When you invest your money, time, and effort into cultivating a lush, green sod yard, the last thing that you want is for that lawn to be ruined by pests.
Unfortunately, small bugs and insects love to make themselves at home in your yard. This is why it’s so important for you to understand the prevention, symptoms, and treatments associated with sod pests like the webworm.
What Are Sod Webworms?
Webworms are small, tan moths with a one-inch wingspan. They easy to distinguish by their zigzagging motions over sod, usually around dusk each day.
Webworm eggs take two weeks to develop into worms that damage sod lawns. If you find those eggs anywhere in your yard, chances are you have two weeks to seek professional lawn care help before worms begin causing damage to your lawn. The moths and eggs themselves actually can’t be killed, so action can only be taken once the worms have developed and are ready to cause trouble.
How to Identify Webworm Damage
The webworms that hatch from moth eggs thrive on grass blades. They begin with nibbles and quickly progress to eating large patches of grass.
If a lawn was very healthy before the presence of these, it’s much easier for the grass to recover and grow back to normal. However, grass that was already suffering tends to show more signs of damage by looking spotty and too short. It’s easy to misinterpret webworm damage for grass that has been damaged by heat and drought, especially as the end of summer approaches.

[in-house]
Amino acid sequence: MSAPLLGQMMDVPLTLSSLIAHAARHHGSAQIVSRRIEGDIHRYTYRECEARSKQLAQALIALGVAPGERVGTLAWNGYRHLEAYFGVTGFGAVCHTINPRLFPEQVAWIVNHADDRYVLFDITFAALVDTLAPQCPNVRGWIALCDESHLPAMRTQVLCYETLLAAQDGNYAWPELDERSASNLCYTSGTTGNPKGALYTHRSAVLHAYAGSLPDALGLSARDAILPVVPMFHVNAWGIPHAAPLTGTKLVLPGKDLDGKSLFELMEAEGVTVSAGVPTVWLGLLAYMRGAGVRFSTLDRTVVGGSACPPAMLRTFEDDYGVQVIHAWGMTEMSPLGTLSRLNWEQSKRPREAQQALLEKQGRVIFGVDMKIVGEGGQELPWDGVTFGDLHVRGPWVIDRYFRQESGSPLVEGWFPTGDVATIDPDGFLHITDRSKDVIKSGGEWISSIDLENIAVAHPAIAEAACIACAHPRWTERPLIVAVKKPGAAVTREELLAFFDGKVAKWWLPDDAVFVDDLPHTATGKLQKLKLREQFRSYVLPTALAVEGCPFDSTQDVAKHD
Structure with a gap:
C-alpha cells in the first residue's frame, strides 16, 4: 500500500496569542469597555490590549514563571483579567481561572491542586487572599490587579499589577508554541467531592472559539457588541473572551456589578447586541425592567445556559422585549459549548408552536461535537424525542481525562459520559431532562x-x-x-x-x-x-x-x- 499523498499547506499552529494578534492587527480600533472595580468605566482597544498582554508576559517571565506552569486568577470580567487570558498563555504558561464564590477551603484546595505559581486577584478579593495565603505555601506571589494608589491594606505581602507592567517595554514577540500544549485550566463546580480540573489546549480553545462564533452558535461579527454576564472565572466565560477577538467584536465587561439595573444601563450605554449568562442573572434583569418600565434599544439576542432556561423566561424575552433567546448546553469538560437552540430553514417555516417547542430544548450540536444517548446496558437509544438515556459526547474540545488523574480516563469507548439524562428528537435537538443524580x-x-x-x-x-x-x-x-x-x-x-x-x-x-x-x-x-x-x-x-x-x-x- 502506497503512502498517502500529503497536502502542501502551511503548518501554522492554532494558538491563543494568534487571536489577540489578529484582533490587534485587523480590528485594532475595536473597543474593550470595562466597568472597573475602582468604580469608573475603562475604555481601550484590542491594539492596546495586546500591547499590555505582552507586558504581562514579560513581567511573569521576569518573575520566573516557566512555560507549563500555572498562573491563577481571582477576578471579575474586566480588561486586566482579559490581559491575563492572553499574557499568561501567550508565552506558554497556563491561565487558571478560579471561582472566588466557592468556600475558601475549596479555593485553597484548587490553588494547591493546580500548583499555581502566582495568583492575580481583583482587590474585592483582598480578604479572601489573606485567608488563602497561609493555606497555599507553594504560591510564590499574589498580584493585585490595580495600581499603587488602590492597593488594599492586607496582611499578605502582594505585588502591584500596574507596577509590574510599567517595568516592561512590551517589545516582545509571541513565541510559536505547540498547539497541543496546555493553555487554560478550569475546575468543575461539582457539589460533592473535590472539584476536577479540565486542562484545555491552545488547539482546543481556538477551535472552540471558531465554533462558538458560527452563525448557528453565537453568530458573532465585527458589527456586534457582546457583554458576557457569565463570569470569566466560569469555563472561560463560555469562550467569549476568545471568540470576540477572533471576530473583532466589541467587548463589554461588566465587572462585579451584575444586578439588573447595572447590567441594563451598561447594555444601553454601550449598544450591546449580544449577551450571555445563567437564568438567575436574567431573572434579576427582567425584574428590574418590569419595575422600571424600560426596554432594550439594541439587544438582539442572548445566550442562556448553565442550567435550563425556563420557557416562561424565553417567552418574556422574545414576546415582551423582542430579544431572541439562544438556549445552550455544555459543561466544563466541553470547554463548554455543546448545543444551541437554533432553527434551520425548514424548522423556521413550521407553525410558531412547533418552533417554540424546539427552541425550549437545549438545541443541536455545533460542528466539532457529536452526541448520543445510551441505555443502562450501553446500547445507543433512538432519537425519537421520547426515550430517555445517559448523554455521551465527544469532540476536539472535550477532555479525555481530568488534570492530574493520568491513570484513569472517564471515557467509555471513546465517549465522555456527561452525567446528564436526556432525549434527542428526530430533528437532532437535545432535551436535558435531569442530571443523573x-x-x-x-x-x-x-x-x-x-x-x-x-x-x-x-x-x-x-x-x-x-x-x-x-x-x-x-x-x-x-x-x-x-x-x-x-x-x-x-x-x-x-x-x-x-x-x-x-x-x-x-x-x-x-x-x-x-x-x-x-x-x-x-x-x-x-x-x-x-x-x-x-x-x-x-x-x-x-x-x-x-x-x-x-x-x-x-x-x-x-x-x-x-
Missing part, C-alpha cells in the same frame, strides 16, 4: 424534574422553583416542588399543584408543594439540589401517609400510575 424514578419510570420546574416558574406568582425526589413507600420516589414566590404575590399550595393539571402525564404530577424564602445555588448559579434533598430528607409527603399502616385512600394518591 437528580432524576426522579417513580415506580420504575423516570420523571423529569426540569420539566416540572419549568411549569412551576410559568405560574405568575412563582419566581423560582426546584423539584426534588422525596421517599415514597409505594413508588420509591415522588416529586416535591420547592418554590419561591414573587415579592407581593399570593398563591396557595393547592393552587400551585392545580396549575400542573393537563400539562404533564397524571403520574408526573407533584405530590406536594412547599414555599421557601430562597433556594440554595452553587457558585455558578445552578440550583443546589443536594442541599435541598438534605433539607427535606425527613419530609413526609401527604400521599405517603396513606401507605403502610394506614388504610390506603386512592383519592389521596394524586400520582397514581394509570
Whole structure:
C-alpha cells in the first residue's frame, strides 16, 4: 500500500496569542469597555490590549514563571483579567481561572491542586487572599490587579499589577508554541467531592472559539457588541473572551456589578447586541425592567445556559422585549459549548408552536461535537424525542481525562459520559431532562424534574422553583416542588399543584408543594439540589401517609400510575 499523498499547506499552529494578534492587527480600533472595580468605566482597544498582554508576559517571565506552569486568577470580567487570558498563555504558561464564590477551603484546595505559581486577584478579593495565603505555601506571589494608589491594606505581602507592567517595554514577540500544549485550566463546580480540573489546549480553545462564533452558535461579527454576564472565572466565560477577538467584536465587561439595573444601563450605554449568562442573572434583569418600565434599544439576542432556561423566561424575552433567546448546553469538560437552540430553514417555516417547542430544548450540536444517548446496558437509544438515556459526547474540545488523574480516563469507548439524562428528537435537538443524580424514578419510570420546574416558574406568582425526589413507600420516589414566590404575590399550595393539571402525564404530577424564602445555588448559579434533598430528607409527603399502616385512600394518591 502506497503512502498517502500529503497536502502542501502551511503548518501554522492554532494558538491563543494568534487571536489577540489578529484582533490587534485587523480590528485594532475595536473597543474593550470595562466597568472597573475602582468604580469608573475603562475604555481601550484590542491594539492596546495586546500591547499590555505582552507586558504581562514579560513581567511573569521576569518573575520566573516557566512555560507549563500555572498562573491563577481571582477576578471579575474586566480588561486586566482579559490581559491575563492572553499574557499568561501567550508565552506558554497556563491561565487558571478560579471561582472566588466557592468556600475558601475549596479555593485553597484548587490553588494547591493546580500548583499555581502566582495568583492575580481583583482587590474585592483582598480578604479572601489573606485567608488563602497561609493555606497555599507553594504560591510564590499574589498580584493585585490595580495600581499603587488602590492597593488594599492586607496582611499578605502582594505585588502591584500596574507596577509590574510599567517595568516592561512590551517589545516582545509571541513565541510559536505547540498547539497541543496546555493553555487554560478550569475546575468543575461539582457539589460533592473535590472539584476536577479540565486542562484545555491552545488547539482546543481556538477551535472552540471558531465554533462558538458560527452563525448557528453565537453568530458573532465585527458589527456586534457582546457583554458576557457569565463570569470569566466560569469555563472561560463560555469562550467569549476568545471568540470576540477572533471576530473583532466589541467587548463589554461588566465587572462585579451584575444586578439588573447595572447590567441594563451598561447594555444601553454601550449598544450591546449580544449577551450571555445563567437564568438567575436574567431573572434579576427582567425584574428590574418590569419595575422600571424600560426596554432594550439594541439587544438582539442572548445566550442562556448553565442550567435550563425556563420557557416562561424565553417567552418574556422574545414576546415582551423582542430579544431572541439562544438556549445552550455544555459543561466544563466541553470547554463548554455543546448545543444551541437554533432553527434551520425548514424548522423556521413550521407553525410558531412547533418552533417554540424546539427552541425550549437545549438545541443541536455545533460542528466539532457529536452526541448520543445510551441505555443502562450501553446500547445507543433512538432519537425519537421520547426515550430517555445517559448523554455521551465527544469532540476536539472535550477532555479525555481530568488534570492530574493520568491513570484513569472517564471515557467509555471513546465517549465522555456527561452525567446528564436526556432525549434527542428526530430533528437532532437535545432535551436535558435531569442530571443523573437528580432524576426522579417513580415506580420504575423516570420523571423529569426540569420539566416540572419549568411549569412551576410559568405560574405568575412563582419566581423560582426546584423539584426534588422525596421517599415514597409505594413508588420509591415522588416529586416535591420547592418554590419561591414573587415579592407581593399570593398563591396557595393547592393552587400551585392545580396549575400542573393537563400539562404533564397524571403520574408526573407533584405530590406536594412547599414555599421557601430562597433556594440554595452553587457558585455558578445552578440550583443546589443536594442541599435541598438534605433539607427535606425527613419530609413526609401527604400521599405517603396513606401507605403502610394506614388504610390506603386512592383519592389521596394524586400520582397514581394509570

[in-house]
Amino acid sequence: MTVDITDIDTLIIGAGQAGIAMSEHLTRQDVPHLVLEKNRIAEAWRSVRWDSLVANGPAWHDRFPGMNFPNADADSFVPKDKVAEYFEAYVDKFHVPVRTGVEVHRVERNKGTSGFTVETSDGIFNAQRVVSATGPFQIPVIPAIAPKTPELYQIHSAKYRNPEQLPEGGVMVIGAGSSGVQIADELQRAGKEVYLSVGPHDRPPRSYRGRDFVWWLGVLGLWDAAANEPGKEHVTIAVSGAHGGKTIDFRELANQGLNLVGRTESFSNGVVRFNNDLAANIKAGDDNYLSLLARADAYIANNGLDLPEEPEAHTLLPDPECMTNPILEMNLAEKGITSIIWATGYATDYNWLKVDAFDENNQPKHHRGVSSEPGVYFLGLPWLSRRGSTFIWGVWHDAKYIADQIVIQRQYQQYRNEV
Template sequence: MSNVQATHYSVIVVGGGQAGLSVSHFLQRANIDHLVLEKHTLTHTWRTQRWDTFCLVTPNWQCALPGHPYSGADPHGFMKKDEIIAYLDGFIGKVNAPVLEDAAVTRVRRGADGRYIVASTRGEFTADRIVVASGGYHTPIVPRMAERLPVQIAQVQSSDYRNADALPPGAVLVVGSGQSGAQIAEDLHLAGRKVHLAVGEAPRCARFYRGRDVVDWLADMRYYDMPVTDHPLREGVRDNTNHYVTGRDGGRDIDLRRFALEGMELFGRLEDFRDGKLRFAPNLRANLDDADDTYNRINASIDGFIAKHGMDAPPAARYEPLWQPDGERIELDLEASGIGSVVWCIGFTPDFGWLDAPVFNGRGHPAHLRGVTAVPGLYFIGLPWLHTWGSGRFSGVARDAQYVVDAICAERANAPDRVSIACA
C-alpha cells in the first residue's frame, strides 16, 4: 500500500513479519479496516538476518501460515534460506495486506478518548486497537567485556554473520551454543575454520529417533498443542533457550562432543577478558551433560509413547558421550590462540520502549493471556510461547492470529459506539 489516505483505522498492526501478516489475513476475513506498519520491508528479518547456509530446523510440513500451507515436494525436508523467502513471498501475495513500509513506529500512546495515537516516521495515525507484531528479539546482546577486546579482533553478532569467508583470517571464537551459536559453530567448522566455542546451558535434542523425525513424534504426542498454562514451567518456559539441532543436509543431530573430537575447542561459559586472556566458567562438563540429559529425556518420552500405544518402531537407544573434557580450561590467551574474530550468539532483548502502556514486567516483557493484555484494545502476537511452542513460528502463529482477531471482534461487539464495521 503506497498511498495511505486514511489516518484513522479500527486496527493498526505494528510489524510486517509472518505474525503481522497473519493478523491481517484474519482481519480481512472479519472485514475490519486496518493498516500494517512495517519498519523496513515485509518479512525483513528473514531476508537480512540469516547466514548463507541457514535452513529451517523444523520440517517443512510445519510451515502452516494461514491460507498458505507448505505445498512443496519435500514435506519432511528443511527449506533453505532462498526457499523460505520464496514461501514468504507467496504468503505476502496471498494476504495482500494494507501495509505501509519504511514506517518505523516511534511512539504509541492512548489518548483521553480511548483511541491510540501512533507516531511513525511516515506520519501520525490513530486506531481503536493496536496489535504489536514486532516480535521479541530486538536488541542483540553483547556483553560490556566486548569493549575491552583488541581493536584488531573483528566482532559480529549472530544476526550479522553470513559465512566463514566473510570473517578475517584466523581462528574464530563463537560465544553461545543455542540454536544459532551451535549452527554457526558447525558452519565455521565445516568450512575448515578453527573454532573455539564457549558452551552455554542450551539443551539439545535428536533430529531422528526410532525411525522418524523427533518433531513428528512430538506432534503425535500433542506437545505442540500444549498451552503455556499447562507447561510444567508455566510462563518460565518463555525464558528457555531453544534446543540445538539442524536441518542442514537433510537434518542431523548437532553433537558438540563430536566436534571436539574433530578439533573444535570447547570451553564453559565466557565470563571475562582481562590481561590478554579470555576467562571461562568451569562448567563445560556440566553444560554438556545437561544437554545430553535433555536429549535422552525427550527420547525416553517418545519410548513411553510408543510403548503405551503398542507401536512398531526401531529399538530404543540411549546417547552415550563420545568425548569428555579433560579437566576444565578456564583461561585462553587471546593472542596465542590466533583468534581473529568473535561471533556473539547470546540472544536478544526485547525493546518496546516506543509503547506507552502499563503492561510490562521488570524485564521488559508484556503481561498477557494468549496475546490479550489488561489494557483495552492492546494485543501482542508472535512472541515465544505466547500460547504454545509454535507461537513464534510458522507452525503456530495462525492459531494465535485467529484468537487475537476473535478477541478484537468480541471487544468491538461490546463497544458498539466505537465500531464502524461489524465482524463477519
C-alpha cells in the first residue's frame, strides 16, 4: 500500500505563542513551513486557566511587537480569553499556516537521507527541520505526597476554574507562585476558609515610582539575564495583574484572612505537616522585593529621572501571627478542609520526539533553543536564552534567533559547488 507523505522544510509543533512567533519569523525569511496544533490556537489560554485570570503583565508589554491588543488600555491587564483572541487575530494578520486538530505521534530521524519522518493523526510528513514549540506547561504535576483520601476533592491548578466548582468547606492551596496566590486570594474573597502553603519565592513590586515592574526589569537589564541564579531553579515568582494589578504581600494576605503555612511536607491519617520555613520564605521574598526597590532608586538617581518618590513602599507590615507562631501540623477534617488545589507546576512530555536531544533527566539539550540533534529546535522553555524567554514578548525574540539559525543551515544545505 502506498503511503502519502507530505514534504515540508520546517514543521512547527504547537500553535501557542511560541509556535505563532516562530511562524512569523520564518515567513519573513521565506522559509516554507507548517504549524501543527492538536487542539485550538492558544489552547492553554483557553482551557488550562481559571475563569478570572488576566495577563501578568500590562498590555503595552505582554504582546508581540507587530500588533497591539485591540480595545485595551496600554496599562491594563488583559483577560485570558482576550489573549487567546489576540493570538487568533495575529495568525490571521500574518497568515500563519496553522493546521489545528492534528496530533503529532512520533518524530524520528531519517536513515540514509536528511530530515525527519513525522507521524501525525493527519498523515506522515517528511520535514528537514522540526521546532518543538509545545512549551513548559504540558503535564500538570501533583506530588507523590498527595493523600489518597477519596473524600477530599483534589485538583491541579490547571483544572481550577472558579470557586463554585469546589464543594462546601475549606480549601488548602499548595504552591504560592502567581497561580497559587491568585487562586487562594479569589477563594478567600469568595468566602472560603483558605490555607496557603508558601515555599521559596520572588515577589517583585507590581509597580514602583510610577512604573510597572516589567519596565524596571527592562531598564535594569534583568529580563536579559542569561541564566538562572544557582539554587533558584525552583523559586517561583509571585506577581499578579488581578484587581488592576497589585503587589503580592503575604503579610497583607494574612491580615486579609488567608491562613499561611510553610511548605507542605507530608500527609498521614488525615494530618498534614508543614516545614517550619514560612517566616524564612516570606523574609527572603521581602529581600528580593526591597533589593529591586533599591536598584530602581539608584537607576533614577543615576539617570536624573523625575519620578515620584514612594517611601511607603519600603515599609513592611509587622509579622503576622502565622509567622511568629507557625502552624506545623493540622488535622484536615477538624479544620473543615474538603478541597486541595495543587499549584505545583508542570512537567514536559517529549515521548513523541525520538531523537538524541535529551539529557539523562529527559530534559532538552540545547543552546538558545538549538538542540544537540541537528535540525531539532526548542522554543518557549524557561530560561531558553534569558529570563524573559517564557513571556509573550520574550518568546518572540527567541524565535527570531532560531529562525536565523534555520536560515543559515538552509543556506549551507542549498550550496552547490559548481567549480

Stop The Damage By Calling the Experts
If you see webworm moths, don’t panic, since the moths themselves don’t actually cause any damage. Try mixing two tablespoons of liquid dish soap with two gallons of water and soak an area of your sod. It should take about 15 minutes for any tan-spotted worms present to crawl to the surface.
If you aren’t sure how to address your diseased turf, call (813) 684-7336 to schedule an appointment with Green Solutions Lawn Care and Pest Control. The Tampa lawn care experts at Green Solutions will help you beautify and preserve your outdoor landscape, even in the face of Florida’s harsh weather.